Today I celebrate my daughter, Summer. In April, she graduated from college with a degree in international affairs. Her academic accomplishments were many, as were her personal accomplishments. I’d like to share about both of these things as a testament to her hard work and resiliency, and with her permission, I share her story.
We moved to Florida after Summer’s first year in high school. She was excited and optimistic about the move, but the transition turned out to be much more difficult than she anticipated. While making friends came easy, finding close ones was a challenge. It wasn’t until late in her senior year that she found her best friends. School was easy, too easy; Summer felt academically unchallenged, especially during her first year in Florida. As a swimmer, she failed to find a connection with the coaches and teammates in Florida and began to hate the sport which she had previously loved and excelled. She was sick ALL THE TIME, and she was depressed. In February of her senior year, she lost her father, and shortly thereafter had a falling out with her friends. She then watched as her stepfather, Daniel, was diagnosed with cancer and had to suffer through treatments. She had no desire to participate in the traditional senior events, including homecoming and the prom.
Despite all that, Summer was an excellent student, earning all As, even with a course load of mostly AP classes. She was inducted into two honor societies, and her grades, SAT scores and volunteer experience qualified her for a Bright Future Scholarship, which essentially covered her tuition at a state university in Florida. She became politically active, volunteering to help with local and state level campaigns, and at the ACLU. She was not afraid to speak up for what she believed in, which led to trips to the Principal’s office a time or two. She worked year-round as a lifeguard, swim instructor and a juice bar. She also sought professional help for her depression.
Nonetheless, she enthusiastically embraced studying abroad her freshman year of college and travelled all over Europe. Of course, there were huge Covid setbacks. She was forced to leave her home in Europe abruptly as borders began to shut down, and lost the opportunity to finish her studies scheduled in Valencia, Spain and Panama City, Panama. A year later, Covid restrictions also cancelled her study abroad plans in Prague. Summer spent her second year in Tallahassee but did not have a single class in person, which made it challenging to connect with professors and classmates. She was conflicted between her desire to embrace and enjoy college life, and the guilt of not being home to spend more time with Daniel as he continued to decline. Still, she persevered; joining the FSU boxing team, became an English tutor for a Syrian refugee living in Turkey, and mentoring a young Spanish-speaking boy who had recently immigrated to the US, and she continued to work. Finally, in her third (and last year), she was able to attend classes in person on campus. She embraced the interaction with fellow students and professors. She became a Social Action Intern at Hillel and Repair the World and organized monthly events to educate and inspire women.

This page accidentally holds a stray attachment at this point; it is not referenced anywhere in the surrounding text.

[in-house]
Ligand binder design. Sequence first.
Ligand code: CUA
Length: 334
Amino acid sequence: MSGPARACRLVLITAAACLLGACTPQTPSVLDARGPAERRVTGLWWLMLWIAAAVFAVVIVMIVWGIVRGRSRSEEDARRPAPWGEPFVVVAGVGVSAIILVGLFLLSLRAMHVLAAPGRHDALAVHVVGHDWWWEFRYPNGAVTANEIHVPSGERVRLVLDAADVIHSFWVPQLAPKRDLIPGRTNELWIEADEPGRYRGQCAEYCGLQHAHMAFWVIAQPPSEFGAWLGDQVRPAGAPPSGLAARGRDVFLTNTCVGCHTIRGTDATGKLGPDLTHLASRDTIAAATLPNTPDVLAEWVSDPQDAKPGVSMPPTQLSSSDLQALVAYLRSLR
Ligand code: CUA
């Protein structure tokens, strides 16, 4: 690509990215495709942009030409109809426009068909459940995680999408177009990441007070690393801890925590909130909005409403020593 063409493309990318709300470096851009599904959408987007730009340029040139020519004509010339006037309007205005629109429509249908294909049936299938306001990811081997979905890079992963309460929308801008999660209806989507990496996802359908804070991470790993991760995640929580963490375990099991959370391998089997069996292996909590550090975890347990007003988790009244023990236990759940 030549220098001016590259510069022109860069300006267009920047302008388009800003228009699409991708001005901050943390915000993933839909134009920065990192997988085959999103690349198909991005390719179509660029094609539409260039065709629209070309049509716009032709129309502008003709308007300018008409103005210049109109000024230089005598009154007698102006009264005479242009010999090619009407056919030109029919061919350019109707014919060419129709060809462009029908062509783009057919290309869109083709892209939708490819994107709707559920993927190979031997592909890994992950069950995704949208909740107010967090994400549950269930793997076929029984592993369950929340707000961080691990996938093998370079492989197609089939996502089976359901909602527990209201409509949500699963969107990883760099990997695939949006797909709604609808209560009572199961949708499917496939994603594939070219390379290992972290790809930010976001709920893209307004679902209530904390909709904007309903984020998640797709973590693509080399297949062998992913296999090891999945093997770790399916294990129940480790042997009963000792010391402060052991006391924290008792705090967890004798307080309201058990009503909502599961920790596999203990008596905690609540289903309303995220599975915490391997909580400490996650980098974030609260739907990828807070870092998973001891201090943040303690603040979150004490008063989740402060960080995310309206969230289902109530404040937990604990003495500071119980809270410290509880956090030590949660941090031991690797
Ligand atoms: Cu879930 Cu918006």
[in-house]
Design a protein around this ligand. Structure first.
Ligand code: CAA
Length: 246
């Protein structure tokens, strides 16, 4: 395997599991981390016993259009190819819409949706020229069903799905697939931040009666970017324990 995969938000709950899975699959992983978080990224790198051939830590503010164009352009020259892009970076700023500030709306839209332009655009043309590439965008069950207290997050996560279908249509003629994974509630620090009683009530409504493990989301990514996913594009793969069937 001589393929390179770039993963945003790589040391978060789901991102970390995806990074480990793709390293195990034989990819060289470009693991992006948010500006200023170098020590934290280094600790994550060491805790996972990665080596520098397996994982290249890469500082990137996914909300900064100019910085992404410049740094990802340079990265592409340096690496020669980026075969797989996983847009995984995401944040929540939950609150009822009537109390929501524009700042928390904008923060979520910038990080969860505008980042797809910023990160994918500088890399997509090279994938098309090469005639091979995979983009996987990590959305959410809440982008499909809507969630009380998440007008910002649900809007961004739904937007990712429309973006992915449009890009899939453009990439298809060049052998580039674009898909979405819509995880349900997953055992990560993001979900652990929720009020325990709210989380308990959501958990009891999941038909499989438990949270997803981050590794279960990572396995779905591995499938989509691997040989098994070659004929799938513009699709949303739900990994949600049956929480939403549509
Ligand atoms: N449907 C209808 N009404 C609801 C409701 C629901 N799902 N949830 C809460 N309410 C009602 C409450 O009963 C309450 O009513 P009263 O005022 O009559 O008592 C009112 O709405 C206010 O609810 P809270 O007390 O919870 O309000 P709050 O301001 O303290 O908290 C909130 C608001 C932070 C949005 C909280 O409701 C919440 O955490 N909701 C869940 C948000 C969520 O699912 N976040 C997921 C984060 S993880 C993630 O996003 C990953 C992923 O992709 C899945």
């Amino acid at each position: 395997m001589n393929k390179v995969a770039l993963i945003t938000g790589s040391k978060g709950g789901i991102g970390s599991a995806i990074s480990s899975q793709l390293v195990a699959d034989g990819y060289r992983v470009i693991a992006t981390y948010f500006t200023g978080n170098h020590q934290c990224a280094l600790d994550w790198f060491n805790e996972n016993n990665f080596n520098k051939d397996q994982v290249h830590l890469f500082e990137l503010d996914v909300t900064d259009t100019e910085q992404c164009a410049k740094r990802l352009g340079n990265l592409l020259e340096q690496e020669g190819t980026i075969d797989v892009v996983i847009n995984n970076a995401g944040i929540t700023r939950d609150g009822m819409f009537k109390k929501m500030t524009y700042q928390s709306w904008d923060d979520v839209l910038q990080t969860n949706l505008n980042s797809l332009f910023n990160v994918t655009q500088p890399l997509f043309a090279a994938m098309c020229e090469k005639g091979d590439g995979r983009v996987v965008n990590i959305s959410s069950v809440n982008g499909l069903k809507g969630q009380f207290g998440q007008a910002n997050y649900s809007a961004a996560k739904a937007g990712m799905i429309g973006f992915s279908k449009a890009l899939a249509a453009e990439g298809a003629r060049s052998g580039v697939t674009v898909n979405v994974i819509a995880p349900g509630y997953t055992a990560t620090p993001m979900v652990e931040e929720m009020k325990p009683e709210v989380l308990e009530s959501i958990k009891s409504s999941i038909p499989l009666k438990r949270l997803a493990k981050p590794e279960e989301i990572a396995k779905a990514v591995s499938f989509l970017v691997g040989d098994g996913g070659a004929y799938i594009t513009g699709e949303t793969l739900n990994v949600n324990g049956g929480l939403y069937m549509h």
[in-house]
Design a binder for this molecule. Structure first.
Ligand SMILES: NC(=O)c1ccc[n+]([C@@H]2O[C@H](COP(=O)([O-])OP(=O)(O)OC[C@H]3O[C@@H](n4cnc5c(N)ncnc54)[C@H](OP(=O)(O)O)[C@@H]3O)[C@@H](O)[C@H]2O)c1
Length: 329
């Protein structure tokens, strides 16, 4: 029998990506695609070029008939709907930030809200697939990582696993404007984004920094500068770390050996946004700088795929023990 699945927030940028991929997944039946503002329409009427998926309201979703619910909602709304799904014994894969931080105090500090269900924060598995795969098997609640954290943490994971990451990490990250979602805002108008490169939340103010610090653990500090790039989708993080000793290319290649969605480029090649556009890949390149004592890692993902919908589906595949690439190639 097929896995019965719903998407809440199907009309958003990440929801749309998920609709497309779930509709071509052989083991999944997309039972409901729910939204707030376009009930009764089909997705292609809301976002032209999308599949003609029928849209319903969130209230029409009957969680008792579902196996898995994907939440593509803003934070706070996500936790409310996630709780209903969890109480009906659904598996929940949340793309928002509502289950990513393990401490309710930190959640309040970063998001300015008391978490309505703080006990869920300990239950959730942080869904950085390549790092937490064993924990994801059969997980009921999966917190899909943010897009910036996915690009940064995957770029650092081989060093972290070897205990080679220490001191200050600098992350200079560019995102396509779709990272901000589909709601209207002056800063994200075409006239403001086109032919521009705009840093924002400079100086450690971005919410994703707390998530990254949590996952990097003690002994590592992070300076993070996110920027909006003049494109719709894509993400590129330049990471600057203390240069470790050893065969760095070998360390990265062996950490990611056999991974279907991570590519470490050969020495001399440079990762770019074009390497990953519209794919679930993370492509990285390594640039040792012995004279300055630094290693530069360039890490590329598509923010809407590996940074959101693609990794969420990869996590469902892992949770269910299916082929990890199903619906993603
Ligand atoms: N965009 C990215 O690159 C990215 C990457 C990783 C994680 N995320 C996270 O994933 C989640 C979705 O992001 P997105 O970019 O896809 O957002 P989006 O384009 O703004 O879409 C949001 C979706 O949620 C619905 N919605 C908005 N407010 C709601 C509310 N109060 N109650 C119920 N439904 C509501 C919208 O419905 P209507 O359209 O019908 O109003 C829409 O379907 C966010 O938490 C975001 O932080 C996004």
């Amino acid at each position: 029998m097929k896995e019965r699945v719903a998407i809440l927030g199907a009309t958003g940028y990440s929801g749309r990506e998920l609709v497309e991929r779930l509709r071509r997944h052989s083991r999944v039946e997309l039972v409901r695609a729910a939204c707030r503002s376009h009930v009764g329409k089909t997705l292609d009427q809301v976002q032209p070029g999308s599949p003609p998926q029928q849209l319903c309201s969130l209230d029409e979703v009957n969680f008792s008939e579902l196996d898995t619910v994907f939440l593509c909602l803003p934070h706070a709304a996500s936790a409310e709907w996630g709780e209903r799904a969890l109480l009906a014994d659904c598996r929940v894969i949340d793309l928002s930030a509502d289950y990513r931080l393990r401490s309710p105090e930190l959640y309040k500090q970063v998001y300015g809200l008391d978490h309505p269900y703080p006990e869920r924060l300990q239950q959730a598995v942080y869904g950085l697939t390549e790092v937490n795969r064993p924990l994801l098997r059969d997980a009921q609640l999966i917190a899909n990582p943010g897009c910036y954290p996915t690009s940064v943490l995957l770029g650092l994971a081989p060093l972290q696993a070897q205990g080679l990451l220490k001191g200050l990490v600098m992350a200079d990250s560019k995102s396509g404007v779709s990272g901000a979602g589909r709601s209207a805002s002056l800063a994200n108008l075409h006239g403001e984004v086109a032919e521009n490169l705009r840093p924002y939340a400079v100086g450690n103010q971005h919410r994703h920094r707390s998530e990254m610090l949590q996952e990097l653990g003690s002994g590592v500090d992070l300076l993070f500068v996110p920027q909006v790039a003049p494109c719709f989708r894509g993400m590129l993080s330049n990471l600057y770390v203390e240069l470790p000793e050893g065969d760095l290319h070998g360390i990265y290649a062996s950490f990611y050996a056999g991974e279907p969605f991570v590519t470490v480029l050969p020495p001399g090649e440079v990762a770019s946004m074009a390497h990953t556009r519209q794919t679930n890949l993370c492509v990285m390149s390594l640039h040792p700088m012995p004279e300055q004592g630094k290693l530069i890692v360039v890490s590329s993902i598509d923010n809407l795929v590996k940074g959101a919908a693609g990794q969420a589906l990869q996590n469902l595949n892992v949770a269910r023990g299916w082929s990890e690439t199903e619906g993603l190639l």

Summer is truly an inspiration. She sought out so many opportunities that filled her heart with purpose and passion, while overcoming endless obstacles. She developed and nurtured friendships with people all over the US and the world. She studied hard, earning her degree in three years with highest honors. She applied to graduate schools in the US and abroad; selecting the Brussels School of International Studies in Belgium for the Master’s Program in International Affairs.
As I think of how resilient she has been these last three years, I think of the white board that hung on the wall of her room with only the three words written in capital letters: IT WILL PASS. It served to remind her that she could get through even the most challenging times. She is wise beyond her years.
I AM SO IMMENSELY PROUD of her hard work, positive attitude, and tremendous success. My baby is going to change the world!